RAMALLAH, June 11, 2013 (WAFA) – The new Palestinian government headed by Rami Hamdallah and which was sworn in on Thursday held its first meeting in Ramallah Tuesday.
Deputy Prime Minister for Economic Affairs Muhammad Mustafa, who is also acting as government spokesman for a temporary period, told a press conference that the government agenda included discussion of current and future financial, economic, political and social issues.
He said each of the ministers was asked to prepare a plan for his or her ministry for the next 100 days in order for the government to present its 100-day plan.
He also said the various political, economic, social, Jerusalem affairs and infrastructure committees were named.
On the political level, Mustafa said the government will follow the program of President Mahmoud Abbas and the PLO, which he said “we are committed to it and will do our best to support it and implement its program.”
The government also said it will support the prisoners and work toward their release.
It also expressed concern over Israeli settlement policy, particularly in Jerusalem, and called on the Arab countries to support the Palestinians economically and politically.
The government also expressed support for peace efforts by US Secretary of State John Kerry, wishing him success in his efforts.
Mustafa said the new government is “transitional” until a new government of national reconciliation is formed. However, he said, it will continue to function as if it will remain in office endlessly.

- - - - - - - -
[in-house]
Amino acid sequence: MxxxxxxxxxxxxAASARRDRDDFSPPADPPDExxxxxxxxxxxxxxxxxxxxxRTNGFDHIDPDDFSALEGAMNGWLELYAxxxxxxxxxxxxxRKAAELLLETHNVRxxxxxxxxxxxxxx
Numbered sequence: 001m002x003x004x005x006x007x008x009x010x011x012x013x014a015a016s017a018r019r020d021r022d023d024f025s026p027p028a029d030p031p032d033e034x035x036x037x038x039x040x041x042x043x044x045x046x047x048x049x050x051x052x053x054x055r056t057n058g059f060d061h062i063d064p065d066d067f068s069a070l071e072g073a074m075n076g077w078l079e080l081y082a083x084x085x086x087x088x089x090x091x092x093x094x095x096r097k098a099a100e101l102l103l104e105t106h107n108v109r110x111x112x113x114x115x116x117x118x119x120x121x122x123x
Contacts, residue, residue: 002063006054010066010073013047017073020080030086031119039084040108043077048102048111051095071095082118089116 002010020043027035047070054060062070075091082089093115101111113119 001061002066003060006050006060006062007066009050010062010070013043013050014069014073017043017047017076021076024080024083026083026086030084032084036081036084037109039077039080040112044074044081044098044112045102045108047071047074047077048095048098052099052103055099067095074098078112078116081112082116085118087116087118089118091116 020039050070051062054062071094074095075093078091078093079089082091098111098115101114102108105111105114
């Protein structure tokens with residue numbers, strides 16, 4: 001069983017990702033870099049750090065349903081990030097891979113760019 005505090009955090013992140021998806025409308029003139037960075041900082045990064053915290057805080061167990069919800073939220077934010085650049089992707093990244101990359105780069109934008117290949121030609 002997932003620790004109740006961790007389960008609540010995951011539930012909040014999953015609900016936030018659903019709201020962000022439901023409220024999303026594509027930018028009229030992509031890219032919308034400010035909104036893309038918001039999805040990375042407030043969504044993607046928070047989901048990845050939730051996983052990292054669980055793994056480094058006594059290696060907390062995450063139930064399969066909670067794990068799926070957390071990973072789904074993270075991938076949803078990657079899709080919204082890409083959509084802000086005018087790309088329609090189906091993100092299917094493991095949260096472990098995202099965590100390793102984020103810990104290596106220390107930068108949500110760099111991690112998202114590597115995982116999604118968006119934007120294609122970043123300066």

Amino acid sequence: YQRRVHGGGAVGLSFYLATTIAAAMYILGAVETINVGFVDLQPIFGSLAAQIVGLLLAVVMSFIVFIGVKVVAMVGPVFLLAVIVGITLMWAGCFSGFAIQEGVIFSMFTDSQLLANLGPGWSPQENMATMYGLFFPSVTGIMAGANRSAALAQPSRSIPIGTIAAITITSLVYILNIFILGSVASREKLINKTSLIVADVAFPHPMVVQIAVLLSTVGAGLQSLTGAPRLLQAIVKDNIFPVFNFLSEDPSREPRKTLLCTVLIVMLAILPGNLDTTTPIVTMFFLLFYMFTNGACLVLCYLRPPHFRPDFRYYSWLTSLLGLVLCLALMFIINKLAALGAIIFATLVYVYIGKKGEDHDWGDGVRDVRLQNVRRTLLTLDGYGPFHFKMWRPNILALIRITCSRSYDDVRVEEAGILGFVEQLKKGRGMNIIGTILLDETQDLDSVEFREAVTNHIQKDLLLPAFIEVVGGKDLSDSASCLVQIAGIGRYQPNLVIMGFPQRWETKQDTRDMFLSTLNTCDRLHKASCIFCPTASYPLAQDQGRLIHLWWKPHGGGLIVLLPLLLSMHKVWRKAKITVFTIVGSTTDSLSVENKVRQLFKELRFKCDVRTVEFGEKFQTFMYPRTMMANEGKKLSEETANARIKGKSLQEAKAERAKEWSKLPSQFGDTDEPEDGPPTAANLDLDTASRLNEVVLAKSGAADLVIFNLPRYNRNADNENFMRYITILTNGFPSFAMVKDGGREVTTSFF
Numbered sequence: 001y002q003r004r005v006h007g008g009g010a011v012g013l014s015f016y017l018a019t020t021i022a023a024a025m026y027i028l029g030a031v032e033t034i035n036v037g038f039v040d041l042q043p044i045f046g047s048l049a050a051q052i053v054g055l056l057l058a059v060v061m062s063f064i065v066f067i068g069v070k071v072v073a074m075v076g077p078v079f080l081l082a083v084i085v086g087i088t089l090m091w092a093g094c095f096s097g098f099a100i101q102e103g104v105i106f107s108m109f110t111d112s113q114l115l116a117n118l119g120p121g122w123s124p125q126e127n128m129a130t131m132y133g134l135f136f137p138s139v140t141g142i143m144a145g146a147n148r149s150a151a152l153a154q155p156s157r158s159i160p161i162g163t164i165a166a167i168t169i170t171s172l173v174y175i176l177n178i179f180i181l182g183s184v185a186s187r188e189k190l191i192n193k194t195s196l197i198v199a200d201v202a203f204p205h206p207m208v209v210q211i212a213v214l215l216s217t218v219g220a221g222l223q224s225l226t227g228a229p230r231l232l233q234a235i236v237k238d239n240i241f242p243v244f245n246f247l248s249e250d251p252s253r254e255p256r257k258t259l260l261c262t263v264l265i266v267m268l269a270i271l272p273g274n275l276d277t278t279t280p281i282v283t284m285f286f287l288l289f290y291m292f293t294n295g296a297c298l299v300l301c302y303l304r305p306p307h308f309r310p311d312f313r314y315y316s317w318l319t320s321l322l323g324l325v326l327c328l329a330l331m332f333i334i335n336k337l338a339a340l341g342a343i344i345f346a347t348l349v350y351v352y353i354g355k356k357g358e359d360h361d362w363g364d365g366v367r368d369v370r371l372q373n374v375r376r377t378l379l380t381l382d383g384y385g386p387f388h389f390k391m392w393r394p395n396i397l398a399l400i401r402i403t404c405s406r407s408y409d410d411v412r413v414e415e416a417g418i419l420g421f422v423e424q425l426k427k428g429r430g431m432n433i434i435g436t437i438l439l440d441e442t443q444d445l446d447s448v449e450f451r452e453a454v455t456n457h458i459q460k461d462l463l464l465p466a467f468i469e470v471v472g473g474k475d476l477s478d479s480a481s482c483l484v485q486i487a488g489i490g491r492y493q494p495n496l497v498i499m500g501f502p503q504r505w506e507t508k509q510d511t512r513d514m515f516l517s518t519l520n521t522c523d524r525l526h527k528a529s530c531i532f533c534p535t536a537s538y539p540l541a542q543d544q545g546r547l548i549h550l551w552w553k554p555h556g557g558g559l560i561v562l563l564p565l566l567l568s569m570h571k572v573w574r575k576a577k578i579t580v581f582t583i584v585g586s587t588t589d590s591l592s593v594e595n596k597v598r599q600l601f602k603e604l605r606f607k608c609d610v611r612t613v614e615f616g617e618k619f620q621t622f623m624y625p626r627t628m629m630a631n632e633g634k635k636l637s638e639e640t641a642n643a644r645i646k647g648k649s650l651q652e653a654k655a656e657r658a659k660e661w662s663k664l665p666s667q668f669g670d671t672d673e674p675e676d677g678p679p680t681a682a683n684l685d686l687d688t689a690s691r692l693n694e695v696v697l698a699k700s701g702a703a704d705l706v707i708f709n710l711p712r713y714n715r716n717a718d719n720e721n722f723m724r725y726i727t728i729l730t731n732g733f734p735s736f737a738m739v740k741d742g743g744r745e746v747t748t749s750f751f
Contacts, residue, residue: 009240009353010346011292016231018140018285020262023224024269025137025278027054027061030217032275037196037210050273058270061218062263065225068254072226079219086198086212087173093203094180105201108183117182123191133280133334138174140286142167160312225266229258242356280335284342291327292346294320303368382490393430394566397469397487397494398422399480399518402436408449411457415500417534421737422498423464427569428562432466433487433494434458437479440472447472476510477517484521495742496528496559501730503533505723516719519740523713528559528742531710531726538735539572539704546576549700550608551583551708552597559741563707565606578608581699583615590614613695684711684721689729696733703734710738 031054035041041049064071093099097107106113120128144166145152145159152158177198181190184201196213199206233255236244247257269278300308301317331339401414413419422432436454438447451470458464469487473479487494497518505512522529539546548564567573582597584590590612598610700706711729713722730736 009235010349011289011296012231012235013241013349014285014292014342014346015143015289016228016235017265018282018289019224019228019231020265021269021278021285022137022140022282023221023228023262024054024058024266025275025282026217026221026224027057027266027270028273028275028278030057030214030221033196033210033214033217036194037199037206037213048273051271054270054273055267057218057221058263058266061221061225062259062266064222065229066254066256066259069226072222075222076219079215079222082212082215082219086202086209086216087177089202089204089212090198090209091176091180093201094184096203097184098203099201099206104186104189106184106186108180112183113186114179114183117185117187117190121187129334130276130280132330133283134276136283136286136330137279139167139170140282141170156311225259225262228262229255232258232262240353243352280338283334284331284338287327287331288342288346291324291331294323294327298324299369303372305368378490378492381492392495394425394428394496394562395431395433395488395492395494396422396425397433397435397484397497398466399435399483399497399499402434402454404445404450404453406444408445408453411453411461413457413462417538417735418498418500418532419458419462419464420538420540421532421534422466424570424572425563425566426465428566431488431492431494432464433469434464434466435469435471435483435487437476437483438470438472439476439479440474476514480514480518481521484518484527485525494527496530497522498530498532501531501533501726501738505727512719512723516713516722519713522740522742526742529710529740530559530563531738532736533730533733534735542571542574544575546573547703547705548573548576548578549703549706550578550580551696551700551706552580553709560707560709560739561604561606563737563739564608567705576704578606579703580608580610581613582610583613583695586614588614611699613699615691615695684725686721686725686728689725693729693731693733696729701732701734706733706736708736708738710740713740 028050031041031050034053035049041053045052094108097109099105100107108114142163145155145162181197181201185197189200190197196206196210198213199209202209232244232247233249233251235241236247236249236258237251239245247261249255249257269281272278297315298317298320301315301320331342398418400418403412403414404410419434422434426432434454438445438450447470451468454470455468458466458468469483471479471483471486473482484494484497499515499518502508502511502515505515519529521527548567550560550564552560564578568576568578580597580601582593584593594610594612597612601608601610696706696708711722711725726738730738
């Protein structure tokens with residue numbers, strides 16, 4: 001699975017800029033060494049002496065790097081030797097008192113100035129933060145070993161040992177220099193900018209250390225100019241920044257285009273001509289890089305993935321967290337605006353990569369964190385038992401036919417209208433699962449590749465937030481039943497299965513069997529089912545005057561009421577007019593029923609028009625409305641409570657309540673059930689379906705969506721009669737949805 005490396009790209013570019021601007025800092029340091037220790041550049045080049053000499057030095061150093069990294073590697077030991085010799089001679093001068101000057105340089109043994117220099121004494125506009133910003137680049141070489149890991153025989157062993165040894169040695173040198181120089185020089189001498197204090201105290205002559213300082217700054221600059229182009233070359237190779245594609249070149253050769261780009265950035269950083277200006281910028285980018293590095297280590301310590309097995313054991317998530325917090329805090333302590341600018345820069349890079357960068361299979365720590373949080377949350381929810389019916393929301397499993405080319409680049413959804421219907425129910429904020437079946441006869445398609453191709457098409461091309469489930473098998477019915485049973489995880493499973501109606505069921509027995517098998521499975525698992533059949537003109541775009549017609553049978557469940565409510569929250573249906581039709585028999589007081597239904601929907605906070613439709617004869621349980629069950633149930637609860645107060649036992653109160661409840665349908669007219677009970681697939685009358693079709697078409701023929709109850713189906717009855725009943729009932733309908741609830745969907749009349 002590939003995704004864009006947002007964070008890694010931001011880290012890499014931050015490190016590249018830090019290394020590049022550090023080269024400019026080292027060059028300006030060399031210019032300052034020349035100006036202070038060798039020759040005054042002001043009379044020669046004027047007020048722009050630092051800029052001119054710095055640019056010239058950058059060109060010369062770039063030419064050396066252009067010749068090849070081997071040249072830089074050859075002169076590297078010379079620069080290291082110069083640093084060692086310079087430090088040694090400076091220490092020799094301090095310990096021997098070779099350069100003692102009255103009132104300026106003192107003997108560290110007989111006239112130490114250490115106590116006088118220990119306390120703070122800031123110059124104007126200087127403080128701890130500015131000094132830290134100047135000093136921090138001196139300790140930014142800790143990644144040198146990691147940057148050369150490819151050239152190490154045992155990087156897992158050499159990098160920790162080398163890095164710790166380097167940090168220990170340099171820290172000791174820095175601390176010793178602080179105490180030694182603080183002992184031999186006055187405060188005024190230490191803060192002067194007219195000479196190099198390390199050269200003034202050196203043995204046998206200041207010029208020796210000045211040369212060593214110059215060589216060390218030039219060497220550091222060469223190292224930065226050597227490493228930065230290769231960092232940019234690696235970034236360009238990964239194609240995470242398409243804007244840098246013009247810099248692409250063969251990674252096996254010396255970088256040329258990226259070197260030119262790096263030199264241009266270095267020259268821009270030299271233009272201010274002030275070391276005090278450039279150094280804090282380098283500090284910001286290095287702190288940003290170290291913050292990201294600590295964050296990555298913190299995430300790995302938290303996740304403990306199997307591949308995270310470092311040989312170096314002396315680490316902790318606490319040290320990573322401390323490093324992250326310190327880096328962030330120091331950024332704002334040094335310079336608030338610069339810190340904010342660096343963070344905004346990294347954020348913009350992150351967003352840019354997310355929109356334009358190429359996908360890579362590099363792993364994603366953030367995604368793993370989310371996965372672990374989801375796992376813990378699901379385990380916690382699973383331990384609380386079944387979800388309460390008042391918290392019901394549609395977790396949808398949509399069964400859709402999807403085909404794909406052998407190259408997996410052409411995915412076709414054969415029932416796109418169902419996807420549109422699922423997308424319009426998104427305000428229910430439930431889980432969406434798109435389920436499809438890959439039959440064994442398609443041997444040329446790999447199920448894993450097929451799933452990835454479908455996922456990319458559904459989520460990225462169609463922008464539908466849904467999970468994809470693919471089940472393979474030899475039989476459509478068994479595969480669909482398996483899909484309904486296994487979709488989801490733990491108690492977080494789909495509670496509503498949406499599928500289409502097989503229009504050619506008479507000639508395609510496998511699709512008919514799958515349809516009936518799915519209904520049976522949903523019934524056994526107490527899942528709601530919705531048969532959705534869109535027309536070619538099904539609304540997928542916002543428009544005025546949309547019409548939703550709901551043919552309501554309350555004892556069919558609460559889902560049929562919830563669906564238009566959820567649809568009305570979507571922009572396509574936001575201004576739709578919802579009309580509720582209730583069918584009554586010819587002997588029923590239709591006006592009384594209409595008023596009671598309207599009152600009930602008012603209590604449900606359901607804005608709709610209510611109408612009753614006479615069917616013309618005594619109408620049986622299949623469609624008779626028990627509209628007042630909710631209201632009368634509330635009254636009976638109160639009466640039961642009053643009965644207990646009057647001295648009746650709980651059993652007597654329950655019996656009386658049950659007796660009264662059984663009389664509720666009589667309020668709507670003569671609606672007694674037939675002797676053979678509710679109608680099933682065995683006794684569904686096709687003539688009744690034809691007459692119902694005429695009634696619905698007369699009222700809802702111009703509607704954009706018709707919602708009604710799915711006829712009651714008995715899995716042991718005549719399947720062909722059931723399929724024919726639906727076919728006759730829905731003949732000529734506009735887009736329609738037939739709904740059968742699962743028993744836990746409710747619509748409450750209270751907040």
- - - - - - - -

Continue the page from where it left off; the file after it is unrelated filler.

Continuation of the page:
He said the Palestinian government was facing “a big financial crisis.”
He said that based on a report by Finance Minister Shukri Bishara, the government has a debt of $4.2 billion.
He said $1.2 billion is for the Palestinian banks; $1 billion is debt for international institutions; $1 billion for the retirement fund and the remaining $1 billion for contractors, pharmaceutical companies and other Palestinian businesses.
Mustafa said that 70% of its revenues come from international aid and the tax funds Israel collects on behalf of the Palestinian Authority on good coming in through its ports.
“We do not have any control over this money and therefore until this change, any economic plan will remain short,” he said.
“We need quick financial resources, we need to watch our spending and we need to improve tax collection,” he said.
He said the economic situation was difficult with high cost of living, declining value of salaries, limited income and high unemployment.